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In re Brady-Zell

United States Court of Appeals, First Circuit

June 25, 2014

IN RE KAREN A. BRADY-ZELL, Debtor.
v.
KAREN A. BRADY-ZELL, Debtor, Appellee DANIELLE E. deBENEDICTIS, Creditor, Appellant,

APPEAL FROM THE BANKRUPTCY APPELLATE PANEL FOR THE FIRST CIRCUIT.

Danielle E. deBenedictis and deBenedictis, Miller & Blum, P.A. on brief for appellant.

Logan A. Weinkauf and Benner & Weinkauf, P.C. on brief for appellee.

Before Howard, Selya and Thompson, Circuit Judges.

OPINION

Page 70

SELYA, Circuit Judge

Faced with the grim prospect of a crumbling marriage, Karen A. Brady-Zell (the debtor) engaged Danielle E. deBenedictis (the attorney) to act as her counsel. The

Page 71

debtor paid the attorney an up-front retainer of $25,000. After the representation ended, the attorney billed the debtor for additional fees and expenses of roughly $62,000. The debtor balked, and the attorney filed a state-court collection action.

The debtor then petitioned for bankruptcy protection, effectively staying the pending state-court action. See 11 U.S.C. § 362(a). She listed the balance due to the attorney among her scheduled debts. Left holding what appeared to be an empty bag (or nearly so), the attorney instituted an adversary proceeding in the bankruptcy court under, inter alia, 11 U.S.C. § 523(a)(2)(A).[1] She asserted that the debt had been incurred through false and fraudulent representations and under false pretenses and was, therefore, nondischargeable.

Following a bench trial, the bankruptcy court wrote a thoughtful rescript in which it concluded that the attorney had not carried her burden of proving either false pretenses or a false representation and proceeded to dismiss the adversary proceeding. See deBenedictis v. Brady-Zell (In re Brady-Zell), No. 10-1119, 2013 WL 1342479, at *8-9 (Bankr. D. Mass. Apr. 2, 2013). On an intermediate appeal, the Bankruptcy Appellate Panel (BAP) upheld the bankruptcy court's ukase. It, too, offered a closely reasoned explanation of its ruling. See deBenedictis v. Brady-Zell (In re Brady-Zell), 500 B.R. 295, 301-05 (B.A.P. 1st Cir. 2013).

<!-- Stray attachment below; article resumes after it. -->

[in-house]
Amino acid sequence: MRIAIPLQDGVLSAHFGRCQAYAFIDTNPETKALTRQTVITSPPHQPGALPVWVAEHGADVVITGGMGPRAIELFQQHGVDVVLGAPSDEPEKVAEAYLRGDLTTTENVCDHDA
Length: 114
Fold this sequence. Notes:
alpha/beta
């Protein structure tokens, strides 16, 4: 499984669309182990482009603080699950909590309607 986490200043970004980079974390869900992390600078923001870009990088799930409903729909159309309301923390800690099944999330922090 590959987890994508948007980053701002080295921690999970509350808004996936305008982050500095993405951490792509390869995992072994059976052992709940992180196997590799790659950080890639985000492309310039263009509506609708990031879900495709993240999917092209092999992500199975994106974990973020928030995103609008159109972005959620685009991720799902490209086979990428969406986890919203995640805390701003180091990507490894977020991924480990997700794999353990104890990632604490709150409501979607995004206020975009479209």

Unwilling to take " no" for an answer, the attorney appealed the BAP's decision. After careful consideration, we affirm.

We need not tarry. Having scrutinized the papers in the case and surveyed the applicable law, we discern no principled basis for disturbing the findings and conclusions of the lower courts. With this in mind, we can be brief; after all, we have explained before that when lower courts have supportably found the facts, applied the appropriate legal standards, articulated their reasoning clearly, and reached a correct result, a reviewing court ought not to write at length merely to hear its own words resonate. See, e.g., Vargas-Ruiz v. Golden Arch Dev., Inc., 368 F.3d 1, 2 (1st Cir. 2004); Lawton v. State Mut. Life Assur. Co., 101 F.3d 218, 220 (1st Cir. 1996); Ayala v. Union de Tronquistas, Local 901, 74 F.3d 344, 345 (1st Cir. 1996); Holders Capital Corp. v. Cal. Union Ins. Co. (In re San Juan Dupont Plaza Hotel Fire Litig.), 989 F.2d 36, 38 (1st Cir. 1993). Accordingly, we affirm the judgment for substantially the reasons previously elucidated by the bankruptcy court and the BAP, pausing only to add a few embellishments.

First: The attorney's principal claim is that, at the start of the lawyer-client relationship, the debtor falsely promised to pay her fees. In other words, she alleges that the debtor made a commitment to pay whatever fees thereafter might accrue ...


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